People and tooling
In December I read the 24 Ways piece by Una Kravets Why Design Systems Fail and there is a bit at the end that came back to me this week.
But if your design system is complicated and over-engineered, they may find it frustrating to use and go back to what they know, even if it’s not the best solution. If you’re a Sass expert, and base your system on complex mixins and functions, you better hope your user (the developer) is also a Sass expert, or wants to learn. This is often not the case, however. You need to talk to your audience. (emphasis mine)
She goes on to talk about the solution they made for that at Digital Ocean, which is interesting. But I’ve thought again and again about her ideas around friction and how we can ease it for all of our team members.
This keeps coming back to me because tooling in front end development is getting increasingly complex. As this happens, I believe we’re leaving people out who could be contributing in meaningful ways, but aren’t comfortable with the tools, or as is often the case, the command line; such as designers and copy editors who feel comfortable working in HTML and CSS.
I’ve worked on a wide variety of teams over the years and very few of those included designers who felt comfortable enough in the front end tools to run a local development environment. That translated into the designer looking at the app running on a test server, making changes in the browser dev tools, and then passing them on to me, or another developer, to get them implemented in the code. This is just one example of a team member who feels comfortable in some front end code (HTML and CSS) but not comfortable enough with the tools for local development to implement their own requested changes. And I’ve been on the other side occasionally, with a designer who did make the changes and it made a world of difference to how efficiently we got work done.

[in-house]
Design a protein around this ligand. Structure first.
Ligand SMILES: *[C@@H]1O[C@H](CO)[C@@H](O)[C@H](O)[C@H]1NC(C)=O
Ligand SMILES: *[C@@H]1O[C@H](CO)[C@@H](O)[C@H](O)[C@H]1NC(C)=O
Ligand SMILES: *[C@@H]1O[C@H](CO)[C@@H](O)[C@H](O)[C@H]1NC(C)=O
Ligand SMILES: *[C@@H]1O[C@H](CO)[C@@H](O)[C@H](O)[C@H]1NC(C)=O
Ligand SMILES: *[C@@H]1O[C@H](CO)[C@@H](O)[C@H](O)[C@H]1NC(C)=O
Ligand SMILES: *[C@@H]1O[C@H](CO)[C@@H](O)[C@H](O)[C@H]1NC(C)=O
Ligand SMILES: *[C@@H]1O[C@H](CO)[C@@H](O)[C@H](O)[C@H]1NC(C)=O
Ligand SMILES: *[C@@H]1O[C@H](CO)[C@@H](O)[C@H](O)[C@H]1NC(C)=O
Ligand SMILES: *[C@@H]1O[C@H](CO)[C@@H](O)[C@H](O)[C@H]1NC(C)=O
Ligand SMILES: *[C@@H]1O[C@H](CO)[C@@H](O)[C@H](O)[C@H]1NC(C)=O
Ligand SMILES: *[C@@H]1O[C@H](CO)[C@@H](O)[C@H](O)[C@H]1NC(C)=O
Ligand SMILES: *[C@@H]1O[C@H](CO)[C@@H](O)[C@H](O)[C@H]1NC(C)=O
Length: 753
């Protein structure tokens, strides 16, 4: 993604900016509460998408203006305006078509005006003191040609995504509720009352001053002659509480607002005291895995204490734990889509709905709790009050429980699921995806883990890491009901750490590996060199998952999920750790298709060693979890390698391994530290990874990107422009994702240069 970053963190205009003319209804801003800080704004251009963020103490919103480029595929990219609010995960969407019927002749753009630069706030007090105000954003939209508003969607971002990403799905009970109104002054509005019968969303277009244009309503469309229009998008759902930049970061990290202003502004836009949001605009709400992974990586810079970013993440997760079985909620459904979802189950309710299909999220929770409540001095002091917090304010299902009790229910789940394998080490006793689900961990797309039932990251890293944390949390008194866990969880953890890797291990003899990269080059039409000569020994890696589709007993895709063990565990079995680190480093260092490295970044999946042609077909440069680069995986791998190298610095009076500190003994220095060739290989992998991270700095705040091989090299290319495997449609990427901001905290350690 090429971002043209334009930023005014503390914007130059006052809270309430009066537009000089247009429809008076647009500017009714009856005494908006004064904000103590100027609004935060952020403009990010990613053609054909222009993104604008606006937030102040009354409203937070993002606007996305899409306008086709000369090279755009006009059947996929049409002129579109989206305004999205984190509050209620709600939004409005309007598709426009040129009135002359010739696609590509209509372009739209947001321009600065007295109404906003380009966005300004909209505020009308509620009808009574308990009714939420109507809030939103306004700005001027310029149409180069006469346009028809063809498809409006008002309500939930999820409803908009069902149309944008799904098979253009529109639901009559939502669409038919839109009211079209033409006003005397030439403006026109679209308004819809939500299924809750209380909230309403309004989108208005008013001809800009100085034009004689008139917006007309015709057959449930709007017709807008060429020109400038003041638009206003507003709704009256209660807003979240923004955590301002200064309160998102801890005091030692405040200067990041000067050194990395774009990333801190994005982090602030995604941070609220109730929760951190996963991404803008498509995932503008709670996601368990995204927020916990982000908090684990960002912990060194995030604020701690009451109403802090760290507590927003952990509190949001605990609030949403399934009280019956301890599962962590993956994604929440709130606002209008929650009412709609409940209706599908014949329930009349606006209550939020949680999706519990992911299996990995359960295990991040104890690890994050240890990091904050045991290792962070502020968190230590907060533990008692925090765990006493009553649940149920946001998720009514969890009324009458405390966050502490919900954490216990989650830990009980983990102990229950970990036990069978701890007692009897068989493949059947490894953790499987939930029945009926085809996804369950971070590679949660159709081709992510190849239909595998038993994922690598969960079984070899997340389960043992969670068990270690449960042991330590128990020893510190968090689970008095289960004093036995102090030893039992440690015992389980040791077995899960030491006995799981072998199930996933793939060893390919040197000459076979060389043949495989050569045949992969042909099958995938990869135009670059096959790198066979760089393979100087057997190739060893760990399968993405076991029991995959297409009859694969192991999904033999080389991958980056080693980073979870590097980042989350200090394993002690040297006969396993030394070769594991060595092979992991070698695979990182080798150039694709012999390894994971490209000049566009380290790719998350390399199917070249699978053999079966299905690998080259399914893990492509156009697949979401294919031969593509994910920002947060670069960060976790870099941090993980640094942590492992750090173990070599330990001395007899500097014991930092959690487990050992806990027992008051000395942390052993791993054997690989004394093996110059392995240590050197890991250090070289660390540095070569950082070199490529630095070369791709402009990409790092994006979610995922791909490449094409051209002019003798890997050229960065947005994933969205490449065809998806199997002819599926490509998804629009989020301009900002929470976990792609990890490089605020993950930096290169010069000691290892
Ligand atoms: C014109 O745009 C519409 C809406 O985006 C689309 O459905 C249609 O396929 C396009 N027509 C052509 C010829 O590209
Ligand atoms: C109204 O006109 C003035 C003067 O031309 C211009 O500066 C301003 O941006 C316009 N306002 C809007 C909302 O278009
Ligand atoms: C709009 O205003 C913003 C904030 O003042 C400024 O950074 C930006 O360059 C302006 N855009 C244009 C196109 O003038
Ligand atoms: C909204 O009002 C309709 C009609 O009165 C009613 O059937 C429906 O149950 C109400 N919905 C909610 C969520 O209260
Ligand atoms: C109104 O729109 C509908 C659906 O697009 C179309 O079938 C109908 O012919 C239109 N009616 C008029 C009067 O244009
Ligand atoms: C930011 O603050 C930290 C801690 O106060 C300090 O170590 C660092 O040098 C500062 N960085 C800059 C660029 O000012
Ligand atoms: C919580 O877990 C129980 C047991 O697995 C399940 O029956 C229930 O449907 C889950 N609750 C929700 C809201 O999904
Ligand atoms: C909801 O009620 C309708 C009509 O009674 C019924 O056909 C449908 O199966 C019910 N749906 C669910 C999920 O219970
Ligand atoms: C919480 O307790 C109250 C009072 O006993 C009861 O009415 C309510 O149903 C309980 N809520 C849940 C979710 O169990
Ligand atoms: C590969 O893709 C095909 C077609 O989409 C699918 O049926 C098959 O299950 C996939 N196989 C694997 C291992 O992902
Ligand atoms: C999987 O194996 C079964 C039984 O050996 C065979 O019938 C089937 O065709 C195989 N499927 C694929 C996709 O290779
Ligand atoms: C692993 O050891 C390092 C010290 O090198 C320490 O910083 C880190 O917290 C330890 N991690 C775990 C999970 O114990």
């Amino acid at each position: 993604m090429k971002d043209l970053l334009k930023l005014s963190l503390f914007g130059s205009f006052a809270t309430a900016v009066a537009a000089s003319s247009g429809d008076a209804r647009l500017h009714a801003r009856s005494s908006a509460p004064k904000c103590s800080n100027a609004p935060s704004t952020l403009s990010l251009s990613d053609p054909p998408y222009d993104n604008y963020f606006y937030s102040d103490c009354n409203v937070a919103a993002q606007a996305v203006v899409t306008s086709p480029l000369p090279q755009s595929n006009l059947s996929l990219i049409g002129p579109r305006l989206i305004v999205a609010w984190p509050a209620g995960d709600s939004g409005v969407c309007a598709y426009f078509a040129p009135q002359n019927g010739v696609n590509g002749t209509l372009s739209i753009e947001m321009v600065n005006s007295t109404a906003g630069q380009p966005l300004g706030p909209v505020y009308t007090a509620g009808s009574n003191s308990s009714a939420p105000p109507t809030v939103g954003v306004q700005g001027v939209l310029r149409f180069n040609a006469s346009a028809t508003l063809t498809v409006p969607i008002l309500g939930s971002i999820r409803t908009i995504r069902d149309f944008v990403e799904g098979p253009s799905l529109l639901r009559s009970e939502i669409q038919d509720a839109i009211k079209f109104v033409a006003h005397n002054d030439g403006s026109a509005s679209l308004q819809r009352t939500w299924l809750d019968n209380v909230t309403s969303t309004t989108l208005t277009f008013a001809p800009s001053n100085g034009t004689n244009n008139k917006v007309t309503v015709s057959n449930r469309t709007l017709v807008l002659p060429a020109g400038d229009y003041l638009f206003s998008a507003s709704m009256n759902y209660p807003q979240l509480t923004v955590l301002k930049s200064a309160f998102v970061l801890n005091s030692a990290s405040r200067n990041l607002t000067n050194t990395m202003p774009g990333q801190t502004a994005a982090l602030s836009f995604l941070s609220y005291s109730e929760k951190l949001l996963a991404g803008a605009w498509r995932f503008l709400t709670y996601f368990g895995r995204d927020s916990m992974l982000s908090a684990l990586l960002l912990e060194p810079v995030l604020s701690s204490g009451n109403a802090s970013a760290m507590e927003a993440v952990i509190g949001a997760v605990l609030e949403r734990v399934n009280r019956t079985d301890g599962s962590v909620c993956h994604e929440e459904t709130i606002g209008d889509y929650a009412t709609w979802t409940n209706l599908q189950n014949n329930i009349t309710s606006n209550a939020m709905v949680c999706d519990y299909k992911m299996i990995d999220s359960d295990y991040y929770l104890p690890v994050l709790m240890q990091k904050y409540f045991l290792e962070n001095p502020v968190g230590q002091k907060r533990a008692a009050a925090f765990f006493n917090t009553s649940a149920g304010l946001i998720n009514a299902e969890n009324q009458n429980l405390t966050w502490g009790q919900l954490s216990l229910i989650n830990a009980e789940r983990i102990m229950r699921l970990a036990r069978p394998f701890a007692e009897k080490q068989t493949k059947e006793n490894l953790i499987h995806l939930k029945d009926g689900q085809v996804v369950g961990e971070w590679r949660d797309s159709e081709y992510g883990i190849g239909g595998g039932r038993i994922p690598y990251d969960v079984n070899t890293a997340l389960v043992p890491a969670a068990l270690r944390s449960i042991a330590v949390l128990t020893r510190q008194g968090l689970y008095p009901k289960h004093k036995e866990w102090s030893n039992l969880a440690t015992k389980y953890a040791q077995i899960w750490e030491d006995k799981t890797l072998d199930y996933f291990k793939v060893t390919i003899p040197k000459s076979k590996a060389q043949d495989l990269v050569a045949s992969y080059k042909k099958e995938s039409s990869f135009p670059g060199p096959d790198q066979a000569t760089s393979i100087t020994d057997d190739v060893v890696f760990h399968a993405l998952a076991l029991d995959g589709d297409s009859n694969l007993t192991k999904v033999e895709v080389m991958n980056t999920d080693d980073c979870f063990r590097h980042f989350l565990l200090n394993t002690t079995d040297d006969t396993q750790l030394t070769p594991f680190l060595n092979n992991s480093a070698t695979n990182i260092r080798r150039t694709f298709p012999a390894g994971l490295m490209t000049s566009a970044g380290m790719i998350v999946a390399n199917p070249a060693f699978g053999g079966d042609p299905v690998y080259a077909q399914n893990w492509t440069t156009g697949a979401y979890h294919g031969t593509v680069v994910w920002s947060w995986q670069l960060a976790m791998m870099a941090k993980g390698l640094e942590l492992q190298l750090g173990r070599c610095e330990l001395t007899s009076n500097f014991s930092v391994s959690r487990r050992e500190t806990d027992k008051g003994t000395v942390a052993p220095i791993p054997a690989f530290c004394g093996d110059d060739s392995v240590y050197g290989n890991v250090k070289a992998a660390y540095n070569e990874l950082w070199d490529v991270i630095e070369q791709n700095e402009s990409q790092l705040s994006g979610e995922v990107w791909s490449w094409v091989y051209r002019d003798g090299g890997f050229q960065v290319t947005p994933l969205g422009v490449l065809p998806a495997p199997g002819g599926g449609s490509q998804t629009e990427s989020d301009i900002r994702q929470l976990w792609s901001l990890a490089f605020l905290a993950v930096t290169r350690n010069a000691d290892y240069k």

The way we build for the web right now feels problematic in so many ways. Instead of welcoming everyone from our teams with their various skills, we create layers of complexity that shut many out. And I’ll be honest: I’m not sure what the answer is here, I’m not sure what tools can make this better, easier, or include everyone, but I’m increasingly wanting them.
While all of these build tools are solving problems for developers and back end infrastructure, I believe they are creating more barriers and work for others who help make our products and sites. Imagine being the designer who took up the challenge to learn to code but not being able to do the smallest tweaks to tighten up a design? And I can’t help but also wonder if we’re using tools to solve problems they weren’t meant to solve, like how to communicate with or manage a team.